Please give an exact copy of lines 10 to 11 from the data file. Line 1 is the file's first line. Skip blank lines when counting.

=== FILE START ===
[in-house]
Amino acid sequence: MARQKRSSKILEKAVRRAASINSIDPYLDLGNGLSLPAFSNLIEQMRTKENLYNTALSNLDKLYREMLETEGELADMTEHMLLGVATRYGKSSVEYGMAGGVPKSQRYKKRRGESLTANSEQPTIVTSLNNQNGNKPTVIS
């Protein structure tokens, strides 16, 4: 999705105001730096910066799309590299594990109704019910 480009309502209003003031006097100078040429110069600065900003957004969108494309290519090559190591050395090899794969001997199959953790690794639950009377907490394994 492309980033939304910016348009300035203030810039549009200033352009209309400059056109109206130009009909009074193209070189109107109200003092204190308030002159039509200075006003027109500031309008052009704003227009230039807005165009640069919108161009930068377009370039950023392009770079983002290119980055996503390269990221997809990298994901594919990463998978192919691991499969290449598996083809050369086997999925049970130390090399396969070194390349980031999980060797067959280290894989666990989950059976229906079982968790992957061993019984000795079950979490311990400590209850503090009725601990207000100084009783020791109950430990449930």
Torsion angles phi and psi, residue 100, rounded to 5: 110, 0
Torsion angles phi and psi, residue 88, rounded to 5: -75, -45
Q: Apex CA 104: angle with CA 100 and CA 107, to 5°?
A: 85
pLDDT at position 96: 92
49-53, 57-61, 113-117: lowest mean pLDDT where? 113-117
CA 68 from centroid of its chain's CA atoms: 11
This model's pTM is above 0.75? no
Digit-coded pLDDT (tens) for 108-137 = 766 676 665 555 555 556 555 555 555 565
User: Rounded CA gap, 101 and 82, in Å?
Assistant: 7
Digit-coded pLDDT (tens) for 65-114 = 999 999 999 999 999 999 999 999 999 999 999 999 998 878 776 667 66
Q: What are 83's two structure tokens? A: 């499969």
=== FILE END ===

CA 68 from centroid of its chain's CA atoms: 11
This model's pTM is above 0.75? no